New FAO publication aims to bring small-scale irrigation to farmers in sub-Saharan Africa
Irrigation is a key tool for agricultural intensification. Although only 16 percent of the world's fields are irrigated, they yield 36 percent of global harvests. In developing countries, irrigation increases yields of most crops by 100 to 400 percent. Despite this, some of the world's most needy farmers are still unable to water their land effectively.
"Small-scale irrigation for arid zones: Principles and options" promotes HELPFUL (High-frequency, Efficient, Low-volume, Partial-area, Farm-Unit, Low-cost) irrigation techniques. Hillel, who has a lifetime's experience of irrigation, points out that "Elaborate and expensive systems ... imported and installed in the grand hope of achieving instant modernization, typically fail for lack of expert maintenance and spare parts. Such installations can quickly become white elephants - idle monuments to hasty 'progress' relying on ill-adapted technology."
When they do work, poorly managed irrigation systems cause a range of environmental problems. Rising water tables, caused by excessive applications, leakage from drainage channels and inadequate drainage, lead to salinization and waterlogging, which reduces crop yields. Conversely, overpumping of groundwater depletes supplies and threatens long-term viability of the irrigation schemes and the crop yields they support.
"It is the universal fallacy of humans to assume that if a little of something is good, then more must be better. In irrigation (as indeed in many other activities), just enough is best." says Hillel.
The irrigation techniques described in Hillel's paper are the result of combining revolutionary developments that have taken place in recent decades in the science of irrigation with traditional technologies used successfully for centuries. It is now possible to maintain nearly optimal soil moisture conditions - thus eliminating problems of waterlogging and salinization, as well as saving water - throughout the growing season, responding continually to varying weather and developing stages of crop growth.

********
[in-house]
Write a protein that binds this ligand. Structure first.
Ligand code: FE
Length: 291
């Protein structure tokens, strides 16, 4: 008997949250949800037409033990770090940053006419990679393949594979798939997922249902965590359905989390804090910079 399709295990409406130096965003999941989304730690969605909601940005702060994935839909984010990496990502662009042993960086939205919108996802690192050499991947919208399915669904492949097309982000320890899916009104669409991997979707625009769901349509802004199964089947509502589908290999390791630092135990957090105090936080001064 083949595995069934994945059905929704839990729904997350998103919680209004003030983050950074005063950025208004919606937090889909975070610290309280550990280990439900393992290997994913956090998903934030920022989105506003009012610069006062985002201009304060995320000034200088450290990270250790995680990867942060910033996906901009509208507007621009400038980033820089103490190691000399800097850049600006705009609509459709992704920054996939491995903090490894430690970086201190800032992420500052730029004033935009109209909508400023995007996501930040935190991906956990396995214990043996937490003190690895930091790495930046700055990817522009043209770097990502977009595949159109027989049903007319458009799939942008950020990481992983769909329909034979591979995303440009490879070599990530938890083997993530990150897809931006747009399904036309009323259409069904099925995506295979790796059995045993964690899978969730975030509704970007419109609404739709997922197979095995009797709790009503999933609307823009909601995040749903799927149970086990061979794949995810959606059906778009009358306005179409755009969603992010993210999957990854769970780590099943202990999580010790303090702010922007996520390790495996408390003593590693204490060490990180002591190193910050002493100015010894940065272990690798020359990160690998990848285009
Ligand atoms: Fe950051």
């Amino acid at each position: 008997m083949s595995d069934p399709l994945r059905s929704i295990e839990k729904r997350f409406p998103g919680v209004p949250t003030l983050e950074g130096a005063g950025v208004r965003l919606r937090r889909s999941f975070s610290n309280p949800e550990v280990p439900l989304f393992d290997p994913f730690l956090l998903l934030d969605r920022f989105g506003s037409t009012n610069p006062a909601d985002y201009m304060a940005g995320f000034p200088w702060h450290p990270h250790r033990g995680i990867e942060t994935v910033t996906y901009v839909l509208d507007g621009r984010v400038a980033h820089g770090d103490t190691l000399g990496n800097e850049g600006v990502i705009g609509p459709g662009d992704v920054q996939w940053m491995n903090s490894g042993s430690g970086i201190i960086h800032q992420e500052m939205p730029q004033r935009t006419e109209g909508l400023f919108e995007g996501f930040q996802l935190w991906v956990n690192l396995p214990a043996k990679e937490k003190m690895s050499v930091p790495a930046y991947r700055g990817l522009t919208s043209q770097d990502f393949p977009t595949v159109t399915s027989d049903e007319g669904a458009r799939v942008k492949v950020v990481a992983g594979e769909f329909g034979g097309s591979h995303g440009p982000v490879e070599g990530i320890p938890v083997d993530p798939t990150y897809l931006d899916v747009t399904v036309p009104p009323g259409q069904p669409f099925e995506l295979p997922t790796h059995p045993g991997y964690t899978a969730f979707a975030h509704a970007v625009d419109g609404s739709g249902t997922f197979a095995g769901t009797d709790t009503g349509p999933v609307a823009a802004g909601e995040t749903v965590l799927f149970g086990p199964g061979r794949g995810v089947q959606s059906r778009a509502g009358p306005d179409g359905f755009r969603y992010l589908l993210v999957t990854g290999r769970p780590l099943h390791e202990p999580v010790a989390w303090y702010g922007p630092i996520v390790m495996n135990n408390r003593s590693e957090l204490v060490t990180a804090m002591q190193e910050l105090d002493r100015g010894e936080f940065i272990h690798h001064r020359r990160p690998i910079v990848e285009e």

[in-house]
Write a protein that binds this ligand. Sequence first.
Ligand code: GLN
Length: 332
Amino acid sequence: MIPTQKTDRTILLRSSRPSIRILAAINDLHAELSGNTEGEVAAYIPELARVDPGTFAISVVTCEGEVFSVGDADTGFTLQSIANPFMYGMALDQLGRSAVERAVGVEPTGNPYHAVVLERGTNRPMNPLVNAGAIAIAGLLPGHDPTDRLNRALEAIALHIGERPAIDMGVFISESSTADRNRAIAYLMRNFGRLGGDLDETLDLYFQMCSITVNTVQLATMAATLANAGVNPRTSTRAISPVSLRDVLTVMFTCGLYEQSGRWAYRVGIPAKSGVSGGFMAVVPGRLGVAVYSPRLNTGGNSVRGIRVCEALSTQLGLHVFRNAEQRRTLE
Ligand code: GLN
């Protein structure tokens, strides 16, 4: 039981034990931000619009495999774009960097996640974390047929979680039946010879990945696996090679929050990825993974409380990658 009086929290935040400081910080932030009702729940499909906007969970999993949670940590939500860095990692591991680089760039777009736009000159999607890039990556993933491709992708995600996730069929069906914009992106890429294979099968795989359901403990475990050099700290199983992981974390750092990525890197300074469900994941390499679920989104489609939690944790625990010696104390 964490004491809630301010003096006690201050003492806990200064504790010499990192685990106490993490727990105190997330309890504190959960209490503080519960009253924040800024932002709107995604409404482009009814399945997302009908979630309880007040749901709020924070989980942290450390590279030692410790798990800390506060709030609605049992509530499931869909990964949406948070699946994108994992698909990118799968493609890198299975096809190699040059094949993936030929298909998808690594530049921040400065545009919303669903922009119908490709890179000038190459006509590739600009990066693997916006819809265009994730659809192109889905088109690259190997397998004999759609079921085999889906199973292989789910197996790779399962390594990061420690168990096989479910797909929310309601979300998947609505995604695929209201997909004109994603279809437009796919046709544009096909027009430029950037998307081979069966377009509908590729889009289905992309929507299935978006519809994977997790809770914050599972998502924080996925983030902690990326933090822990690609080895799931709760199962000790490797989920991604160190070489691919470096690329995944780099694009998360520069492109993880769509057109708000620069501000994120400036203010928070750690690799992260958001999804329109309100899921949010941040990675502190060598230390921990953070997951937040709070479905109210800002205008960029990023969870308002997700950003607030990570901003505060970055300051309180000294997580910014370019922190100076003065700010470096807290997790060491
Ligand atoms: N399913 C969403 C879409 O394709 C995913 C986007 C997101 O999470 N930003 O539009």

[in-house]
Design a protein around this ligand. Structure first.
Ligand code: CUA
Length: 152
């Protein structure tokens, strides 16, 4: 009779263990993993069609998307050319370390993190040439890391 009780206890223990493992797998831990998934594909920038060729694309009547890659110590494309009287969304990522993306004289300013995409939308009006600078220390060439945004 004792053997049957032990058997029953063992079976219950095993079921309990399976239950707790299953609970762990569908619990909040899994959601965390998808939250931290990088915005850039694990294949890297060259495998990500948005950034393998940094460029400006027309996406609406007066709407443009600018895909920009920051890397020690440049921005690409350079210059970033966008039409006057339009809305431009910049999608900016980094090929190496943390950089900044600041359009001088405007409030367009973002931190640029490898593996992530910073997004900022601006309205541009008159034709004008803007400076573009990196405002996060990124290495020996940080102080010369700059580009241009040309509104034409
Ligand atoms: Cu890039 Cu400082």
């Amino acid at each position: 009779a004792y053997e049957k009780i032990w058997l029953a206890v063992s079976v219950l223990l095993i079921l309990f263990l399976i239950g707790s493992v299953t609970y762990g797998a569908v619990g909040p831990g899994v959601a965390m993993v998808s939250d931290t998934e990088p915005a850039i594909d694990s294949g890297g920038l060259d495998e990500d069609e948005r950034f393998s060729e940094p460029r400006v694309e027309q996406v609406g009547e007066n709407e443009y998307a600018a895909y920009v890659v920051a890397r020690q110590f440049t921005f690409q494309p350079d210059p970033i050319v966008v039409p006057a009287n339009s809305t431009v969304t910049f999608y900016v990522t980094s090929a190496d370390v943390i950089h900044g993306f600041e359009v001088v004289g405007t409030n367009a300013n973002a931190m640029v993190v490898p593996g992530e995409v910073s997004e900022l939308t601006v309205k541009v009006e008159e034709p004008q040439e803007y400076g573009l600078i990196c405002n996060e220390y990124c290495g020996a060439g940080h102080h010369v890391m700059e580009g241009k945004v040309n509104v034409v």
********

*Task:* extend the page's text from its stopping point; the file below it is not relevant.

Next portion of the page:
Although these methods are applied on a large scale in industrial countries, they need not depend on expensive manufactured equipment and high-energy inputs. Hillel explains how simple jars of porous clay, perforated plastic pipes and other low-cost equipment can be used to regulate water flow to crops (see Box below).
Hillel's paper advocates development "based on the best principles of efficient irrigation, insofar as possible using indigenous skills and materials. The best principles of efficient irrigation should be disseminated, not necessarily the most elaborate machinery." It is written for decision-makers and the general public. Believing that "ready-made prescriptions tend to be specific and inflexible, and hence rarely apply as new problems arise in changing circumstances", Hillel's aim has been to explain the principles of modern irrigation so that farmers and their advisors will be able to modify their approaches and actions when new conditions arise.
15 July 1997
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